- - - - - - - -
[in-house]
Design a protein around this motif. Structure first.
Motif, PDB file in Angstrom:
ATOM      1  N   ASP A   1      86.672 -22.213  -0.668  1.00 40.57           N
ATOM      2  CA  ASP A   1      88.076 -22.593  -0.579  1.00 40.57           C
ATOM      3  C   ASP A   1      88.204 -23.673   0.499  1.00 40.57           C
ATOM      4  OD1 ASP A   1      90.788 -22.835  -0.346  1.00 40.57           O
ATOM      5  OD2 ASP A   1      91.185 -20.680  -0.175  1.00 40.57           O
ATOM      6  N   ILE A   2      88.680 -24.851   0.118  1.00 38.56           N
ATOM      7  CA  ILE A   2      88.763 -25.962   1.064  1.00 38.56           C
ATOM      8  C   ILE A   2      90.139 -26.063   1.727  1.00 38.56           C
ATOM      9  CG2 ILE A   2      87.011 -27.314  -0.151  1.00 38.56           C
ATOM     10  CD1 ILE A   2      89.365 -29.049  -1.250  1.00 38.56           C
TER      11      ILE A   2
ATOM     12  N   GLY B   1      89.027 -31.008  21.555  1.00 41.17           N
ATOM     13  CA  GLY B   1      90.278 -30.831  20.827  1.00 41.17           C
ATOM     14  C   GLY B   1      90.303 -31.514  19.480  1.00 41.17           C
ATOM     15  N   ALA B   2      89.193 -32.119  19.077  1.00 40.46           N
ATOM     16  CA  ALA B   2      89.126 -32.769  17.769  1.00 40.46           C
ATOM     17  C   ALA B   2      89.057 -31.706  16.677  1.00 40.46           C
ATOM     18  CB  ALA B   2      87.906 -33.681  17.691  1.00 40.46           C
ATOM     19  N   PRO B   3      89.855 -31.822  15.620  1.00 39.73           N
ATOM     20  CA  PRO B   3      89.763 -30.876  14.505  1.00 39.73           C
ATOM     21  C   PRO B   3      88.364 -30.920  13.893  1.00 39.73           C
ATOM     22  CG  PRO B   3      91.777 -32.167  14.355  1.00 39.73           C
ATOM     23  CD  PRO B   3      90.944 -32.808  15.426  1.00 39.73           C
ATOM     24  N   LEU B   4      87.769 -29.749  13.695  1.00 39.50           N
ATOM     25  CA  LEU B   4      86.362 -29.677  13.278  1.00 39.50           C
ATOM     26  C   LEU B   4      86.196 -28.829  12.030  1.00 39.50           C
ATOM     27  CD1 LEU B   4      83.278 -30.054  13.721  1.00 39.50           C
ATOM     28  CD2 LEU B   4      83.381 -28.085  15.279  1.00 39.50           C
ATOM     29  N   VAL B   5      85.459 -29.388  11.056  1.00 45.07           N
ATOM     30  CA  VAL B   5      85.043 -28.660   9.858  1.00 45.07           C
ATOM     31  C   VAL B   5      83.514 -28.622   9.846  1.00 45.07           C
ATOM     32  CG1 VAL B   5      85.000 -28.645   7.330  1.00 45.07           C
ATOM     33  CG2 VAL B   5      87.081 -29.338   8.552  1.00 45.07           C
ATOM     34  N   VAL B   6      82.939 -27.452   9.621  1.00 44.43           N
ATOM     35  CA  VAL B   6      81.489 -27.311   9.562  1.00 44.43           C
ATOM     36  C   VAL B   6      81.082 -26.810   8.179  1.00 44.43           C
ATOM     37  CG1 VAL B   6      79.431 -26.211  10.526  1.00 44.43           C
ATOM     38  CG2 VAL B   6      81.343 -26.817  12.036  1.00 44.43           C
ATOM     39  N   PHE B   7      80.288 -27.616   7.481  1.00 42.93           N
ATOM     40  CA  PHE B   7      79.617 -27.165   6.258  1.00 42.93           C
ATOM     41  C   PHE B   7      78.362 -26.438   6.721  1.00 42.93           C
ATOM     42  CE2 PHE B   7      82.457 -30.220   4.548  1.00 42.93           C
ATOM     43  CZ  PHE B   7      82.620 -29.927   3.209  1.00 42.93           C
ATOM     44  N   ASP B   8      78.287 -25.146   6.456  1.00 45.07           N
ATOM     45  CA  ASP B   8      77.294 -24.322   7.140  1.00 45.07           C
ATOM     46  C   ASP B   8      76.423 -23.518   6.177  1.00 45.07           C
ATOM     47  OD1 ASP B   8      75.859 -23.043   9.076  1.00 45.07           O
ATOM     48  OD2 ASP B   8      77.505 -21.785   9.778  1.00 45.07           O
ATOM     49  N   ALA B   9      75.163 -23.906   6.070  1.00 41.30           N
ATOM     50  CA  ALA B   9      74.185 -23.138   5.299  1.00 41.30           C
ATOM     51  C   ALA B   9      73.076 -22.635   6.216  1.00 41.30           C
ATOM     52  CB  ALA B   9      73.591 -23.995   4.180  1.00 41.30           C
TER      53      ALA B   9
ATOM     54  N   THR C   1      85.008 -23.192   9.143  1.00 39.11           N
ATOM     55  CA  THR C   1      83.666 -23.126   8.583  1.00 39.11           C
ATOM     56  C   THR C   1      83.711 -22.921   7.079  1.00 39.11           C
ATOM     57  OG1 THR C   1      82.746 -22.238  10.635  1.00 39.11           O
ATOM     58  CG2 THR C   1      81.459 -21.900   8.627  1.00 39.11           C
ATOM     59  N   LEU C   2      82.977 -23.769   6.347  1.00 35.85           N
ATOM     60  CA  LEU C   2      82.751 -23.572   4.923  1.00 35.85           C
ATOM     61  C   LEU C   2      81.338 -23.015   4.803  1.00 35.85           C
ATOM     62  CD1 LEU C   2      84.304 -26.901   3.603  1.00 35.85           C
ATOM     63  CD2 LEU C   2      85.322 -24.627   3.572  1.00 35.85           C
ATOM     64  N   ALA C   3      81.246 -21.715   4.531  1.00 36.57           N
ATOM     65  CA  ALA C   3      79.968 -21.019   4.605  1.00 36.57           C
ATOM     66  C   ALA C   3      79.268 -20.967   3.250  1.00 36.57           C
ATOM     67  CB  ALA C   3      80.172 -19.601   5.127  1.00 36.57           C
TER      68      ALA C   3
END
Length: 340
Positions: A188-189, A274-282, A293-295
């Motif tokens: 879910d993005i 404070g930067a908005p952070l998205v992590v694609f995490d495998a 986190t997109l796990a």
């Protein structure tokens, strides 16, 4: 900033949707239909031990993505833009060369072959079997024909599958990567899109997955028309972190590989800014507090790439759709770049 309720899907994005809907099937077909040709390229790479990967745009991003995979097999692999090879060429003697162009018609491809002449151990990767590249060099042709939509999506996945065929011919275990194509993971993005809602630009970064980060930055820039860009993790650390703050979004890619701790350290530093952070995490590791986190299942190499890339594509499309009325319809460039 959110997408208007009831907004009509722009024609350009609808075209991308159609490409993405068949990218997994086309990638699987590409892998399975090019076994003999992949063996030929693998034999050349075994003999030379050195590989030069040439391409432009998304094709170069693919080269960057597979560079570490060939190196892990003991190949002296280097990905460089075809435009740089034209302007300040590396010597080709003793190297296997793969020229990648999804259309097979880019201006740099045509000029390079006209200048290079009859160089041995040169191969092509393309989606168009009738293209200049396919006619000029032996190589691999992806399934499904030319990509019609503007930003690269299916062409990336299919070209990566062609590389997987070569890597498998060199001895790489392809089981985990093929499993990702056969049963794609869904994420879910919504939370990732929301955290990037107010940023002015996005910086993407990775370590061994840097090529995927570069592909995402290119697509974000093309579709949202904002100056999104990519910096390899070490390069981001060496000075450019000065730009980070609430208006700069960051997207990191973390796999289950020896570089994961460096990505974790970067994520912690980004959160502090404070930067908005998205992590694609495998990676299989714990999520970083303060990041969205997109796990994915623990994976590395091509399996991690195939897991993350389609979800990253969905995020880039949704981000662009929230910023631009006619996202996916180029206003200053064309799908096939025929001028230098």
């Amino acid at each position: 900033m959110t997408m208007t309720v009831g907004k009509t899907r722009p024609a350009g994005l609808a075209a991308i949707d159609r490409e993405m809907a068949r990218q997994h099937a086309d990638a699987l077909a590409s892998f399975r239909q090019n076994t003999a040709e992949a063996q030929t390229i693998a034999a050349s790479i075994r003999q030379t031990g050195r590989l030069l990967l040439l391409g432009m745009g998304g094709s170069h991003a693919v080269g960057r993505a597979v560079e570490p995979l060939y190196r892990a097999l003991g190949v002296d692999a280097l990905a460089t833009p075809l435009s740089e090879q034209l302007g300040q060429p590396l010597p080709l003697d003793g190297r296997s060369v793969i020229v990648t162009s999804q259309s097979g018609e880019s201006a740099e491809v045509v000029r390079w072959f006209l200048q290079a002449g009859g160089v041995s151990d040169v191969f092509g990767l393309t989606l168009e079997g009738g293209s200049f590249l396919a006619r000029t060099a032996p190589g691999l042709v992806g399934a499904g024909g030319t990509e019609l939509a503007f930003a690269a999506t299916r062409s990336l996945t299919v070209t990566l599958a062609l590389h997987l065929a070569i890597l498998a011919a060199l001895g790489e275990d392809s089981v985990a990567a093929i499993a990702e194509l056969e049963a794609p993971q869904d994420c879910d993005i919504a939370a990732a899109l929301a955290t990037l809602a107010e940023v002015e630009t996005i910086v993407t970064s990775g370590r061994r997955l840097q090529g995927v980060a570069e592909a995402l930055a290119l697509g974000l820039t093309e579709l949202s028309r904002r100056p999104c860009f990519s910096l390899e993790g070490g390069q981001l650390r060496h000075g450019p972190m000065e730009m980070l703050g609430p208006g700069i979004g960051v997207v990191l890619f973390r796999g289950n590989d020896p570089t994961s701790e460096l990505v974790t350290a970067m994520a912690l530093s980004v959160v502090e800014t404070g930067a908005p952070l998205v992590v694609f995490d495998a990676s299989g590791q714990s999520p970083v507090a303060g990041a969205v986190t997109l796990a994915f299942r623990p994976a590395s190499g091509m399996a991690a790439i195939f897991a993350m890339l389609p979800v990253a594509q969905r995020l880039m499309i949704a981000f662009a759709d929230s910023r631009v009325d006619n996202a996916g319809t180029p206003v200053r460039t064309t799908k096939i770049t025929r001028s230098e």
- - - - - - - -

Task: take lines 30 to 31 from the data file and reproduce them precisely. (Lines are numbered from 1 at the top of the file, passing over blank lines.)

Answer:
ATOM     27  CD1 LEU B   4      83.278 -30.054  13.721  1.00 39.50           C
ATOM     28  CD2 LEU B   4      83.381 -28.085  15.279  1.00 39.50           C